November 7, 2016
The EU summit held in Brussels on December 17, 2004 decided that accession negotiations with Turkey would start on October 3, 2005. The process was accordingly launched at the Luxembourg Intergovernmental Conference. This was two years after the Justice and Development Party (JDP) came to power when “democratic reform” was high on Turkey’s agenda. In early April 2009 President Obama visited Turkey. He addressed the Turkish Parliament and referred to Turkey’s strong, vibrant, secular democracy as Ataturk’s greatest legacy. Regional countries were looking at Turkey with envy. Okumaya devam et
August 22, 2016
On April 6, 2009 President Obama addressed the Turkish Parliament (1). His remarks were full of praise for Turkey. He said:
“… This is my first trip overseas as President of the United States. I’ve been to the G20 summit in London, and the NATO summit in Strasbourg, and the European Union summit in Prague. Some people have asked me if I chose to continue my travels to Ankara and Istanbul to send a message to the world. And my answer is simple: Evet — yes. Turkey is a critical ally. Turkey is an important part of Europe. And Turkey and the United States must stand together — and work together — to overcome the challenges of our time…”
On May 16, 2013 PM Erdogan was in Washington. Following their talks at the White House, the President and the PM held a joint press conference. Again, the President heaped praise on Turkey and the Prime Minister (2). He said:
“It is a great pleasure to welcome my friend, Prime Minister Erdogan, back to the White House…
“This visit reflects the importance that the United States places on our relationship with our ally, Turkey, and I value so much the partnership that I’ve been able to develop with Prime Minister Erdogan…” Okumaya devam et
August 15, 2016
In retrospect, one of EU’s major foreign and security policy mistakes was the blunting of whatever momentum Turkey’s accession process had. It goes without saying that this was also Turkey’s failure. Had both sides acted with foresight, even with an open-ended process, Turkey and the EU could have been at a different point in dealing with today’s myriad of Middle East problems. Turkey would have become a channel for promoting democracy in the region. And, Turkey and the EU would have engaged in more genuine cooperation to deal with the Middle East turmoil, beyond the controversial “refugee deal”.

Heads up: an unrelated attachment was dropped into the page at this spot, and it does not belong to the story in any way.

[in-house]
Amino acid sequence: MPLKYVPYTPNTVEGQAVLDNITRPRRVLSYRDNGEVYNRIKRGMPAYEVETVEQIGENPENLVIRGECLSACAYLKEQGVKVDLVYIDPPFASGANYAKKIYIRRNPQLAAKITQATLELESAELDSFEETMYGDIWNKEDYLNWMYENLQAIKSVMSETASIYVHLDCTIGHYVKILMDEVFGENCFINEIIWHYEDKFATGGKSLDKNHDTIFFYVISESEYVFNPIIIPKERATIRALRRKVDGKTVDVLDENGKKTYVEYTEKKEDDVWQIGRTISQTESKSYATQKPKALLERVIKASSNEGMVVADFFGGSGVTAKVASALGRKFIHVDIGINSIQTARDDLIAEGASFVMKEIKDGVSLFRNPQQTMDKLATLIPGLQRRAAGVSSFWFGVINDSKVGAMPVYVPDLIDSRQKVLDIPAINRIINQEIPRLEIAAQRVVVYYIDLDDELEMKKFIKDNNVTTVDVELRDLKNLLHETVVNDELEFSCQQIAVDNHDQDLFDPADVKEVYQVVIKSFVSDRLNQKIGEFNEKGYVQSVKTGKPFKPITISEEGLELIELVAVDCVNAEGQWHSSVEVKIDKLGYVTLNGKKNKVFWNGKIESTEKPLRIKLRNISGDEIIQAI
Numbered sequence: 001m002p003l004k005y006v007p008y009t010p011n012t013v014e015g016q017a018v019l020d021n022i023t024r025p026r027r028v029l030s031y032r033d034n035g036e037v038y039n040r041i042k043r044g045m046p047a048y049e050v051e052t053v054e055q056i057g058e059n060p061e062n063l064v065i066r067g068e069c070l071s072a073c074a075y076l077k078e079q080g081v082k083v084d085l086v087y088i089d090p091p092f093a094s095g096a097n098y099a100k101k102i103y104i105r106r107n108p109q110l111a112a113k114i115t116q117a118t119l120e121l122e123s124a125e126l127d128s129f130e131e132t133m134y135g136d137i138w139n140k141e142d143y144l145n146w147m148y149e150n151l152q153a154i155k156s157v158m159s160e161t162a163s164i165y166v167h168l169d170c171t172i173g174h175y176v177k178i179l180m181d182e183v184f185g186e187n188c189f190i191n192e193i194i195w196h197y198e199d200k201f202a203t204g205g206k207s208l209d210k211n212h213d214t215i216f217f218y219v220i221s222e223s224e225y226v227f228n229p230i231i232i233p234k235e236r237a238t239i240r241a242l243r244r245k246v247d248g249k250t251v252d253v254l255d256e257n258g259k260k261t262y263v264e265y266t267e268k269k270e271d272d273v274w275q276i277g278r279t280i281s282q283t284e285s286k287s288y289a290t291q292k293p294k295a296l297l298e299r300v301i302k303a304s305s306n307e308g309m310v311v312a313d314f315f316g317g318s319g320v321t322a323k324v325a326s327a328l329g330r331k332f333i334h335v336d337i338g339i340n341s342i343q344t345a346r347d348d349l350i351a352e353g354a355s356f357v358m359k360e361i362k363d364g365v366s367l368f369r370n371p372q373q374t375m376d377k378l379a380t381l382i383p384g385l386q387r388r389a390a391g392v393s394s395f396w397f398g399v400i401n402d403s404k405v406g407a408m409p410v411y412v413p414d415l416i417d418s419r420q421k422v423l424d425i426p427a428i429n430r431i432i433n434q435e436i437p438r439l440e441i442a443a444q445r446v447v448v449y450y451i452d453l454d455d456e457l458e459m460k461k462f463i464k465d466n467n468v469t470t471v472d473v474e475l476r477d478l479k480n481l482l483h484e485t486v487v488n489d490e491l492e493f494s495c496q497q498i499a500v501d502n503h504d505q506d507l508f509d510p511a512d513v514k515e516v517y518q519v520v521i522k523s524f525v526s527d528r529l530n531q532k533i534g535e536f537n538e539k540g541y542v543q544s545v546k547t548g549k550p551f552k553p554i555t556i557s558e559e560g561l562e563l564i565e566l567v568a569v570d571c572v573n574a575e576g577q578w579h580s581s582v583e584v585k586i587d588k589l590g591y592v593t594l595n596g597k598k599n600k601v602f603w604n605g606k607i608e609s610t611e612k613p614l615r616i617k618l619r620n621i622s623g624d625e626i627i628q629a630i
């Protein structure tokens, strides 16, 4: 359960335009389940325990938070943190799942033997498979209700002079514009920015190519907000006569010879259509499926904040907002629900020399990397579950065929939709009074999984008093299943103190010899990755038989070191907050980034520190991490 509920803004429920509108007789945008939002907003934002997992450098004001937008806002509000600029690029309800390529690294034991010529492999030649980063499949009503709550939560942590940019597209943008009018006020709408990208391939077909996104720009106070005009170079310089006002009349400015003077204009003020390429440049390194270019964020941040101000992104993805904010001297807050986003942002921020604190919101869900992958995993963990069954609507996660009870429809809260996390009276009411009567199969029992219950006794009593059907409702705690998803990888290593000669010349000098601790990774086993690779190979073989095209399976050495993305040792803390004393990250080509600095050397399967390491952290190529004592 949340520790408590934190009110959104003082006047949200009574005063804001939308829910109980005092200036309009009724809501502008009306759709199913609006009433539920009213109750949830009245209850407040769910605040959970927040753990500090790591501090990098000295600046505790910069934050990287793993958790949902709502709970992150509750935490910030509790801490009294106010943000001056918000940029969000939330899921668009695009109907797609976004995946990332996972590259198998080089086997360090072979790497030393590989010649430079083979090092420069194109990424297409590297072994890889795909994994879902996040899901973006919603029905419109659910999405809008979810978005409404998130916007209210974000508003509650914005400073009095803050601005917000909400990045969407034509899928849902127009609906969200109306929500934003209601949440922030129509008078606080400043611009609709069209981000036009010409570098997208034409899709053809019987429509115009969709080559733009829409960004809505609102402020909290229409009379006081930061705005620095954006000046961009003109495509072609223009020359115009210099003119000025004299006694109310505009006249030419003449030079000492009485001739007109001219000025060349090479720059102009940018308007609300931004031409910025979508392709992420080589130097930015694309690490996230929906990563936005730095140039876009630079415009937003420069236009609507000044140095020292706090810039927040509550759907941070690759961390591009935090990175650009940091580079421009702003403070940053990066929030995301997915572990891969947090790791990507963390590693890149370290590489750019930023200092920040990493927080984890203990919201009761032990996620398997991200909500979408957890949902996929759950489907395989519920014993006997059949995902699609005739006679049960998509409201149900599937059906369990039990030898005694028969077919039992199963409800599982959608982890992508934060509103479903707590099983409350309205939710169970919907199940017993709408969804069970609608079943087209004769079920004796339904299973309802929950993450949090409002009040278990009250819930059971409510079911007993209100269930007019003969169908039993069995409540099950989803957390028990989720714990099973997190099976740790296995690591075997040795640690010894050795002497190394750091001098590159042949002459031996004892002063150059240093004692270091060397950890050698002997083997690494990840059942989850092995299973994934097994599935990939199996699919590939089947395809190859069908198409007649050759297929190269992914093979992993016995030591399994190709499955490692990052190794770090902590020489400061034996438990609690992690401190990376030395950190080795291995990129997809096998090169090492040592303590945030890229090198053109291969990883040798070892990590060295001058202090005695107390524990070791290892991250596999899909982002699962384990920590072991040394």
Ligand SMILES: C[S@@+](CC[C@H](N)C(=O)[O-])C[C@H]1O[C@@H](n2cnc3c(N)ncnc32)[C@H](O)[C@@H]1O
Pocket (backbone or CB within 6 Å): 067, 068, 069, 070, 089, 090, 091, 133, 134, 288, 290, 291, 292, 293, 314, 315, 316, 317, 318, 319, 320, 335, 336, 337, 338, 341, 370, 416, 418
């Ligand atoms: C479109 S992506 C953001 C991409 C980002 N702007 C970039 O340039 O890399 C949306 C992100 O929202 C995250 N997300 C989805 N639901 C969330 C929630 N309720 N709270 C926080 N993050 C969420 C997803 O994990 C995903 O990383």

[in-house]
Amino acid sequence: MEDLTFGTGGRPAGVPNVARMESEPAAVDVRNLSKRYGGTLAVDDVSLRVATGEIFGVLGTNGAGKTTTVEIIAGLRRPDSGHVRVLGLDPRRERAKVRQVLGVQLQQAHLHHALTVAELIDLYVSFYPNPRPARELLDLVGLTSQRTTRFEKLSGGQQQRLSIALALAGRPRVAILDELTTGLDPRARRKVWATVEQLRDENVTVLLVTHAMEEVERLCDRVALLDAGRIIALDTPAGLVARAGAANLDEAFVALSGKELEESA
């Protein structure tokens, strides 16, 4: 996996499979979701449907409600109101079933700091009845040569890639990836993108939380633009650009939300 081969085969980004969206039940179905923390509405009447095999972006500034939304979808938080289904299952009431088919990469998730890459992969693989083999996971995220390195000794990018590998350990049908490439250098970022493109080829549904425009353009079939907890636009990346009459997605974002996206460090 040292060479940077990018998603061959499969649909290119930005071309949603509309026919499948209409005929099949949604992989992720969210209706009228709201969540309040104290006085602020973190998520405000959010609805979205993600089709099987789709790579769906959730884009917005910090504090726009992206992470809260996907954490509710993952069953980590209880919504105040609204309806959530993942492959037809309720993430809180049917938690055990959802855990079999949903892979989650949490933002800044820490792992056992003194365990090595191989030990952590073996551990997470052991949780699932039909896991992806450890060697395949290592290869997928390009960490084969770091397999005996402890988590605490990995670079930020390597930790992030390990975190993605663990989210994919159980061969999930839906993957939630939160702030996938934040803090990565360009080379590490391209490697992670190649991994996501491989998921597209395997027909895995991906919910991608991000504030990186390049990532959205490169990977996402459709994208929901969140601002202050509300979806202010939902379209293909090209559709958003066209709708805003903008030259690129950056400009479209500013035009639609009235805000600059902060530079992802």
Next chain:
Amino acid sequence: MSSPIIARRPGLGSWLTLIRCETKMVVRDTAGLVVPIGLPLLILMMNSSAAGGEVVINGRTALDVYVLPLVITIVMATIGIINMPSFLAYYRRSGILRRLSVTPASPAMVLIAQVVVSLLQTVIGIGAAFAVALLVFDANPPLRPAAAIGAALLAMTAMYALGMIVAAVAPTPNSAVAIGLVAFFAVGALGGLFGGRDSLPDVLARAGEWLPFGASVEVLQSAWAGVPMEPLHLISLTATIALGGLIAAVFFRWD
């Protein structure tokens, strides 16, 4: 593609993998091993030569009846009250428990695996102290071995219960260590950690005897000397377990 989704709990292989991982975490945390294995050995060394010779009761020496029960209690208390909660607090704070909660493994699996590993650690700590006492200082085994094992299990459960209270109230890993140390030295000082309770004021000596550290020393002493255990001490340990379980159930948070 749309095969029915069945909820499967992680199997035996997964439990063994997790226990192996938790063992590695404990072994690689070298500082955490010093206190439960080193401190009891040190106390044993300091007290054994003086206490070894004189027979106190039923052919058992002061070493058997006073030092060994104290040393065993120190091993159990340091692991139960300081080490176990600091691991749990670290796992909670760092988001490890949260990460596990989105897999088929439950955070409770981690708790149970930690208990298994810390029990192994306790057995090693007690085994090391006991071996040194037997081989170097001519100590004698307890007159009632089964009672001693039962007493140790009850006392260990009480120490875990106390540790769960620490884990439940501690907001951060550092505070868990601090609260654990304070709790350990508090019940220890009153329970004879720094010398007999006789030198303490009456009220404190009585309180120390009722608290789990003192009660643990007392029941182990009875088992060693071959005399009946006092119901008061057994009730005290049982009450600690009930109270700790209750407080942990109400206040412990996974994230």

At present, Turkey’s relations with the EU can at best be described as mutual dislike/distrust. The accession process exits only on paper. Okumaya devam et
August 4, 2016
It was only a decade ago that, despite lingering doubts and internal controversy, the EU launched accession negotiations with Turkey. Peoples of the region were following the process with envy. It was less than a decade ago that Turkey was a facilitator between Syria and Israel. Our relations with neighbors were characterized by a determination to open new avenues of cooperation reflecting shared interests. Syria was a close friend. Turkish-Egyptian business relations were booming. In April 2009 Turkey became the first country to host President Obama on a bilateral visit. He addressed the Turkish Parliament and said:
“This morning I had the great privilege of visiting the tomb of your extraordinary founder of your republic. And I was deeply impressed by this beautiful memorial to a man who did so much to shape the course of history. But it is also clear that the greatest monument to Atatürk’s life is not something that can be cast in stone and marble. His greatest legacy is Turkey’s strong, vibrant, secular democracy, and that is the work this assembly carries on today…” Okumaya devam et
August 1, 2016
On July 28, 2016, David Nakamura of the Washington Post reported that President Obama took the stage at the Democratic National Convention at a time when the nation is more starkly polarized than before. The words “starkly polarized” no doubt qualified a state of polarization by Western standards. By Middle East standards this would require no more than a few doses of passiflora.
President Obama’s address was again remarkable. He was speaking to the delegates of the Democratic Party and beyond them to the Republicans and the entire people of the United States. As expected, he urged people to vote for Hillary Clinton. He criticized Donald Trump in passing remarks. But all along, he gave messages of unity. The leaders and peoples of the Middle East also need to hear him (*). Referring to Mrs. Clinton he said: Okumaya devam et
July 25, 2016
A year-and-a-half ago I wrote (*):
“We Turks need to understand that our success as a nation, especially in the field of foreign policy, depends first and foremost upon our internal peace and stability. The amount of respect we enjoy, our international status, our regional role, our effectiveness at international organizations, they all depend upon our giving final proof that Turkey is a secular democracy. Since the founding of the Republic by Atatürk in 1923, this has been the world’s expectation because we are or were, the only country with a predominantly Moslem population to have come this far. Turkey needs to prove, once and for all, that we are a democracy and that the point of no return has been crossed.
“Until we do that even the right foreign policy initiatives will yield no result.
“Unfortunately, the “once in a century” historic opportunity is slipping away…” Okumaya devam et